How to Keep Alive SSH Sessions
To enable the keep alive system-wide (root access required), edit /etc/ssh/ssh_config; to set the settings for just your user, edit ~/.ssh/config (create the file if it doesn’t exist). Insert the following:
You can also make your OpenSSH server keep alive all connections with clients by adding the following to /etc/ssh/sshd_config:
Add timestamp to SSH verbose logs
ssh -v 192.168.0.151 exit 2>&1 | while read line; do printf '[%s] %s\n' "$(date '+%Y-%m-%d %H:%M:%S')" "$line"; done
Store SSH client VERBOSE logs into log file
ssh -v 192.168.0.151 exit 2>&1 | while read line; do printf '[%s] %s\n' "$(date '+%Y-%m-%d %H:%M:%S')" "$line"; done > "/tmp/ssh-debug.log"
How does 'ssh <destination> exit' terminate the session?
The exit executed by the remote shell would terminate that shell. In
the case when true is executed, the remote shell would terminate due
to not having any further commands to execute, but exit would
terminate it even if there were further commands afterwards (as in any
In the simple case where the SSH session is only for executing a set
of commands (where it does not set up tunnels or use connection
sharing), the session would terminate when the remote shell
terminates, no matter how the remote shell terminates (either by exit
or by some error, or receiving a HUP signal, or by simply reaching the
end of the script).
Note that the manual says "[...] and all X11 and TCP connections have
been closed". This means that the connection may not terminate just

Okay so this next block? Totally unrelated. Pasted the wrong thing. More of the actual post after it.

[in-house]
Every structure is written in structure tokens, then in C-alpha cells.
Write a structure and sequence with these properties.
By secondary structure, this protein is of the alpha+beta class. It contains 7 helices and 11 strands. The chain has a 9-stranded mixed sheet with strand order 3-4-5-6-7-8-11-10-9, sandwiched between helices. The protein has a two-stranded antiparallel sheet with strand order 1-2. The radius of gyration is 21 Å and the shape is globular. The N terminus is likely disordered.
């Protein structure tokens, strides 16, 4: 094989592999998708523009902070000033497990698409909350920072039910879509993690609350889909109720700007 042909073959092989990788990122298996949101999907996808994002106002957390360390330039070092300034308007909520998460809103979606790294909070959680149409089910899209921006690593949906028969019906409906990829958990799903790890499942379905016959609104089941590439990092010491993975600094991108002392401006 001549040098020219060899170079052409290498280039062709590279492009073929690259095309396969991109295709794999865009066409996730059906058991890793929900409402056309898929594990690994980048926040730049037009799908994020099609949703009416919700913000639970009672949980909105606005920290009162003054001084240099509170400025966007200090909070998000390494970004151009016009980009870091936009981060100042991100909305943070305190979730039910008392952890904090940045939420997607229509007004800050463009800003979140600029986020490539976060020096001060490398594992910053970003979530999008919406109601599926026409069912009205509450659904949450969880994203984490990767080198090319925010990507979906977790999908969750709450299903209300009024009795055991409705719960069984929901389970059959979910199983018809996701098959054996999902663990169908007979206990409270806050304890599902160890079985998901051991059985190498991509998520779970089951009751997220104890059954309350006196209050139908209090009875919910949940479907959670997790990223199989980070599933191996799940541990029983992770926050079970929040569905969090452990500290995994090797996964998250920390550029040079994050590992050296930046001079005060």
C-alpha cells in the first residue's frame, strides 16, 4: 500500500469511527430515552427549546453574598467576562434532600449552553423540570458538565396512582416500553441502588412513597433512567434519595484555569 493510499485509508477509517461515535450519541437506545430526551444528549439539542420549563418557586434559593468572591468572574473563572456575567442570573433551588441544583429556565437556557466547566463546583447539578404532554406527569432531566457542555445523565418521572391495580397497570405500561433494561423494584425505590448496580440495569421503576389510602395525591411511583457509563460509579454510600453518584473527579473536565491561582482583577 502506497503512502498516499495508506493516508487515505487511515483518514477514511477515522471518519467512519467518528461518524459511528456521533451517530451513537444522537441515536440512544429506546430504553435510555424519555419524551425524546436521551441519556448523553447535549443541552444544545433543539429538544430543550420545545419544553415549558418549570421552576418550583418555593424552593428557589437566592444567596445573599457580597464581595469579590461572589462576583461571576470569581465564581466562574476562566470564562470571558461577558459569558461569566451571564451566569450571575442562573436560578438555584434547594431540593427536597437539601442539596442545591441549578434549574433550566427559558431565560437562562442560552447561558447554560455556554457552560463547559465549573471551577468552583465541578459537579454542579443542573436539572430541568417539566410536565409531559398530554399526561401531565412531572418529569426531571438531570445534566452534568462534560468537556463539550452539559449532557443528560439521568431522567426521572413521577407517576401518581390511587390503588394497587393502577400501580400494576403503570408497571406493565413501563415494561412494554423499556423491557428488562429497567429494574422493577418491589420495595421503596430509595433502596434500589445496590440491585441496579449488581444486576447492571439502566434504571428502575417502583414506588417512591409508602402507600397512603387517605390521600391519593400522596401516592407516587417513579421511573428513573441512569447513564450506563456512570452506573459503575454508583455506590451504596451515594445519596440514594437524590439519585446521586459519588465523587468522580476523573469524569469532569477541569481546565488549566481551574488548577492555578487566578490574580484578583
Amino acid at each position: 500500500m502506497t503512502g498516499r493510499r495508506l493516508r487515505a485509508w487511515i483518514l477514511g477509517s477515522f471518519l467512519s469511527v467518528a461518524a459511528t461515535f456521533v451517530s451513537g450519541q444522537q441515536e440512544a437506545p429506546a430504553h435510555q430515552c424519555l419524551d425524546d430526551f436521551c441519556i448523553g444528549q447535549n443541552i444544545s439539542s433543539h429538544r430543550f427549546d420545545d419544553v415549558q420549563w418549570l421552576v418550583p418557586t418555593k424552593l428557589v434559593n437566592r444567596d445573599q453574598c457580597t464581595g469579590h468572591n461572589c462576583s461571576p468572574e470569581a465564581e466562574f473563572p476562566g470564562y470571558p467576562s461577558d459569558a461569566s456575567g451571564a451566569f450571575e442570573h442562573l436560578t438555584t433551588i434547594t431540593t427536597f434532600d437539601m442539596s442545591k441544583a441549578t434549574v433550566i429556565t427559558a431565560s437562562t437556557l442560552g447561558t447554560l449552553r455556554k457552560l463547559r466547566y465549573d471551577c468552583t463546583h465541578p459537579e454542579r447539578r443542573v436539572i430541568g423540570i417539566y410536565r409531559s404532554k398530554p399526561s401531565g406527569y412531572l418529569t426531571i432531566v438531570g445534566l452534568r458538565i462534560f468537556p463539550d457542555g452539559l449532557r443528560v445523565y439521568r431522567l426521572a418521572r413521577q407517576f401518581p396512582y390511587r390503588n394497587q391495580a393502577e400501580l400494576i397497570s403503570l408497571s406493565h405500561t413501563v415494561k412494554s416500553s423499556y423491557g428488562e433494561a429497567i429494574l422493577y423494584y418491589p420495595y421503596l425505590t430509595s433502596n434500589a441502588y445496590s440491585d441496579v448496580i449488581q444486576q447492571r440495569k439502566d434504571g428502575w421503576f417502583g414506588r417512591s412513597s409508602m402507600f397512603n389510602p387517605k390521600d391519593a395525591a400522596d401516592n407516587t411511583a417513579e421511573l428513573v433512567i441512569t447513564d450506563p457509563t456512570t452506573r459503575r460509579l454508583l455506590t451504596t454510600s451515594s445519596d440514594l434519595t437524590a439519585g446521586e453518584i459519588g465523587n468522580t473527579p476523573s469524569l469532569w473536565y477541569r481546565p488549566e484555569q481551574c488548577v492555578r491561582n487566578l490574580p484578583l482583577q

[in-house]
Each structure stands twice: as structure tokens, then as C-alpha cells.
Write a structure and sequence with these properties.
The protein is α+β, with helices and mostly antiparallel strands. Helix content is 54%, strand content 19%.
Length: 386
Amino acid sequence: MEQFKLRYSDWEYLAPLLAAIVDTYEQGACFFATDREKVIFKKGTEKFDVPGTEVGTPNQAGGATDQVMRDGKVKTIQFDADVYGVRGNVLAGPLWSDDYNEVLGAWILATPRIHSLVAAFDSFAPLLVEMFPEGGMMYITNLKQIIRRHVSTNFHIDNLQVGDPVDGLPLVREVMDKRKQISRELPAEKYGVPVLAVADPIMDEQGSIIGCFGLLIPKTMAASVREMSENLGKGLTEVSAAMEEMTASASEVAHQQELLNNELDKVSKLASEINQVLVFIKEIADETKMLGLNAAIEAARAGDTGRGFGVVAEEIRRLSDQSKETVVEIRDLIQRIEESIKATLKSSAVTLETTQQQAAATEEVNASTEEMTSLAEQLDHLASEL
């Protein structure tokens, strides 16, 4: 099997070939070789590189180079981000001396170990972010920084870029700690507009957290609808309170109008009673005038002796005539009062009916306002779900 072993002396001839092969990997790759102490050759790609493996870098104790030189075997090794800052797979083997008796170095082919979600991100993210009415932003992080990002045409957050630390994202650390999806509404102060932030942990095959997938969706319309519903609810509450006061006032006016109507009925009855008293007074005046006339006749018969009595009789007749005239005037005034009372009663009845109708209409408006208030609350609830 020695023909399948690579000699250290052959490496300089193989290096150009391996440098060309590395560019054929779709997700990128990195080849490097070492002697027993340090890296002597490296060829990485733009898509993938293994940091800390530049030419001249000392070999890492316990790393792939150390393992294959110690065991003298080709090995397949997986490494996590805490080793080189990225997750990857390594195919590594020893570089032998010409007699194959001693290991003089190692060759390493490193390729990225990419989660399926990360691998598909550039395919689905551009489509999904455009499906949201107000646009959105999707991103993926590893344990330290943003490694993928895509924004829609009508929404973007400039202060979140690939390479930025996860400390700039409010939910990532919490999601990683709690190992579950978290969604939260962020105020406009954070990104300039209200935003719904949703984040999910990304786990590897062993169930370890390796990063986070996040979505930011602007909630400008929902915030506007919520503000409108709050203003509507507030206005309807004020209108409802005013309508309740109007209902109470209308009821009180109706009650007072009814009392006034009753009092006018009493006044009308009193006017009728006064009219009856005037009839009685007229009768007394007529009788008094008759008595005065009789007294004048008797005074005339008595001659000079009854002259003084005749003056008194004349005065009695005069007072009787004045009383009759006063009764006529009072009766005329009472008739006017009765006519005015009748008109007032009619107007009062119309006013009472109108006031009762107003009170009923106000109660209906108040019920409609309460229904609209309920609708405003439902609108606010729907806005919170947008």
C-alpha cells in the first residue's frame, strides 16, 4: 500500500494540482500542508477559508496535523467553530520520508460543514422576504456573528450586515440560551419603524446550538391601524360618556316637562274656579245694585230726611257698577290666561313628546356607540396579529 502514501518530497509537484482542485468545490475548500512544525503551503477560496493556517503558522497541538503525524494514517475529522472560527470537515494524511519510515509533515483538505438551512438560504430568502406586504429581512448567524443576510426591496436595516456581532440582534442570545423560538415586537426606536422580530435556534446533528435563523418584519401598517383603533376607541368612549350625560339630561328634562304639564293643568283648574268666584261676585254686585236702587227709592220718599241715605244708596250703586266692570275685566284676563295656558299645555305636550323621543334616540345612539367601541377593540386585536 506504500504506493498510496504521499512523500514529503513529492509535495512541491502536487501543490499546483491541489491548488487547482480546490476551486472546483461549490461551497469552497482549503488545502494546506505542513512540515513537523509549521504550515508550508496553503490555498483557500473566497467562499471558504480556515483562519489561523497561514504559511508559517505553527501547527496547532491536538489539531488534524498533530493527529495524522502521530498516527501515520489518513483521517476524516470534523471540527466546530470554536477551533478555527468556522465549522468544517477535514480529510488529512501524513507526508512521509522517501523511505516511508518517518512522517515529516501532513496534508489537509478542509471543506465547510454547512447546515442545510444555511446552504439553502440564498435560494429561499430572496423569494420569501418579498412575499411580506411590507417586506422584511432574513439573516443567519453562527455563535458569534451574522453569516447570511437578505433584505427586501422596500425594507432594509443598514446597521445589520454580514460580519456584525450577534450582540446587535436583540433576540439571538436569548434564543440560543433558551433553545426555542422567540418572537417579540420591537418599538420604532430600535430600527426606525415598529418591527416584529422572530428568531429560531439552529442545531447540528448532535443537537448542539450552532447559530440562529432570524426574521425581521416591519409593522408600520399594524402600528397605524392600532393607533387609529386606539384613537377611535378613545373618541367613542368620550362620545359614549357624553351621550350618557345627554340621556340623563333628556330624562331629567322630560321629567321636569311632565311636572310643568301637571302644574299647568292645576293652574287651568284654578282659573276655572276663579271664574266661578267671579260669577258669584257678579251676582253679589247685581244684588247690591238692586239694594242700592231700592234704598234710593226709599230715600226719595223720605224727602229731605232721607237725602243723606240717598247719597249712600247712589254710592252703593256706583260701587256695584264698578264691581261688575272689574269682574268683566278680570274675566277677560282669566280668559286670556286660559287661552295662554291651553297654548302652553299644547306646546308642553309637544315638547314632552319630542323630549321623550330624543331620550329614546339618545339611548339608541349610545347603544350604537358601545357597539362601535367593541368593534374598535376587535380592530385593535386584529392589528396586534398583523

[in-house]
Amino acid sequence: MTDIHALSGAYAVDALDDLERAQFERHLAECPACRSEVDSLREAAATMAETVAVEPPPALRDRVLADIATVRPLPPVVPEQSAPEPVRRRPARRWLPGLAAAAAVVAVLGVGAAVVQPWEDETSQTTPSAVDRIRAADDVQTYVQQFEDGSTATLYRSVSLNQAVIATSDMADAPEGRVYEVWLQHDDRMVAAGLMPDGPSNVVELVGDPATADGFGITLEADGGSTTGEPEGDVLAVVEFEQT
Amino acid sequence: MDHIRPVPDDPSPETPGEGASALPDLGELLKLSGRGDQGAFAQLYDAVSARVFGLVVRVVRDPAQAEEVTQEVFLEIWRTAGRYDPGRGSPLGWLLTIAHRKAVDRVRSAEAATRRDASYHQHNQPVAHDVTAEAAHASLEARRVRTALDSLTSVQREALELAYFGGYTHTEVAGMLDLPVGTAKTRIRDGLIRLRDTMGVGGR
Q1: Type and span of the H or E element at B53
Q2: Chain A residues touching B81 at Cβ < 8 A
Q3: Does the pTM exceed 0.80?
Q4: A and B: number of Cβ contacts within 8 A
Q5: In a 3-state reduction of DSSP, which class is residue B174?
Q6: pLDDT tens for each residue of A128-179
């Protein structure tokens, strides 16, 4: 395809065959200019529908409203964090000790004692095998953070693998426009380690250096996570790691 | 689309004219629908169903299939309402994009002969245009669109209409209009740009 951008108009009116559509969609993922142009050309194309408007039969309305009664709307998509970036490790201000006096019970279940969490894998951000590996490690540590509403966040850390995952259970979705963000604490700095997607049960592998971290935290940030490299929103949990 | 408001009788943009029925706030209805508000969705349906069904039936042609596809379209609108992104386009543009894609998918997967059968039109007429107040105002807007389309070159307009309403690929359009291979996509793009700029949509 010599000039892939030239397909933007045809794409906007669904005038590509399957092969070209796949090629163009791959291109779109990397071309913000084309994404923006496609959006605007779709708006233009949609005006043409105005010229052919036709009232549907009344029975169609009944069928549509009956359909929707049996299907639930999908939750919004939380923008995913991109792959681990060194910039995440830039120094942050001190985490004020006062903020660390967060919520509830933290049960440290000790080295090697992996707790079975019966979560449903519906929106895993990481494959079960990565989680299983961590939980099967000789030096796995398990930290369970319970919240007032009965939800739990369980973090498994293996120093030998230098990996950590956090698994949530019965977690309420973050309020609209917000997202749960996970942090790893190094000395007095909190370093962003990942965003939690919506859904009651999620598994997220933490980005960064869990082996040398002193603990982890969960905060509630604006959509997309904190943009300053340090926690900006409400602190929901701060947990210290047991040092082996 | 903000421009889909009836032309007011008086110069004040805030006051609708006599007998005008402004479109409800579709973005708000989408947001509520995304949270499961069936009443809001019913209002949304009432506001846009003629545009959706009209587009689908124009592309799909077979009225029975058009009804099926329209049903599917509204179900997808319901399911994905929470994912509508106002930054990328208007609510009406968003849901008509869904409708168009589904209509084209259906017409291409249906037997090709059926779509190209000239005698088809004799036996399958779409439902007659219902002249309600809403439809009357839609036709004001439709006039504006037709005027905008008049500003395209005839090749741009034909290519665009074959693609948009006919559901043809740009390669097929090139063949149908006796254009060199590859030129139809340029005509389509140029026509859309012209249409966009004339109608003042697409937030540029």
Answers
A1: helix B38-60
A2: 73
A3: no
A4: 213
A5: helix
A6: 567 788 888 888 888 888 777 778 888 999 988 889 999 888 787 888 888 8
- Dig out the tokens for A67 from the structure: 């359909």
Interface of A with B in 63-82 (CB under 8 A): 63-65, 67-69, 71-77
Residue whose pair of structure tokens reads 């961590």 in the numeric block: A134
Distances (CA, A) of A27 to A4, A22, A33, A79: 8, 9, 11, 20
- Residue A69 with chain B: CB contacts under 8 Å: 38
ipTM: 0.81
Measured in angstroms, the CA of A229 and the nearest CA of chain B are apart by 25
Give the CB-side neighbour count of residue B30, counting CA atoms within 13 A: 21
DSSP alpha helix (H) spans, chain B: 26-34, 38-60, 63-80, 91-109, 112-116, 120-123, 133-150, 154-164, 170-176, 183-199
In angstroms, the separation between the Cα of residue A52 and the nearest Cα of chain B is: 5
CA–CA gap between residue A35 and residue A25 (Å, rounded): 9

because the remote shell has terminated. This will be the case when
you, for example, are using connection sharing with ssh -M and ssh -S
(or the ControlMaster setting in ~/.ssh/config; see man ssh and man
ssh_config). I assume that SSH tunnels would also keep the SSH session
alive until they are explicitly closed.
To truly terminate the SSH connection, you may send the exit control
command using ssh -O exit user@host. This would terminate all shared
SSH sessions to user@host.
SSHFS is available for most Linux distributions. On Ubuntu, you can install it using apt.
First, use apt update to refresh your package sources:
sudo apt update
Then, use apt install to install the sshfs package.
sudo apt install sshfs
Mounting the Remote Filesystem
Create a subdirectory within /mnt called droplet using the mkdir command:
sudo mkdir /mnt/droplet
You can now mount a remote directory using sshfs.
sudo sshfs -o allow_other,default_permissions sammy@your_other_server:~/ /mnt/droplet
If you no longer need this mount, you can unmount it with the umount command:
sudo umount /mnt/droplet
sshfs remote host has disconnected
Subsystem sftp /usr/lib/openssh/sftp-server
Subsystem sftp internal-sftp
Both sftp-server and internal-sftp are part of OpenSSH. The sftp-server is a standalone binary. The internal-sftp is just a configuration keyword that tells sshd to use the SFTP server code built-into the sshd, instead of running another process (what would typically be the sftp-server).
The internal-sftp was added much later (OpenSSH 4.9p1 in 2008?) than the standalone sftp-server binary. But it is the default by now. The sftp-server is now redundant and is kept probably for a backward compatibility.
I believe there's no reason to use the sftp-server for new installations.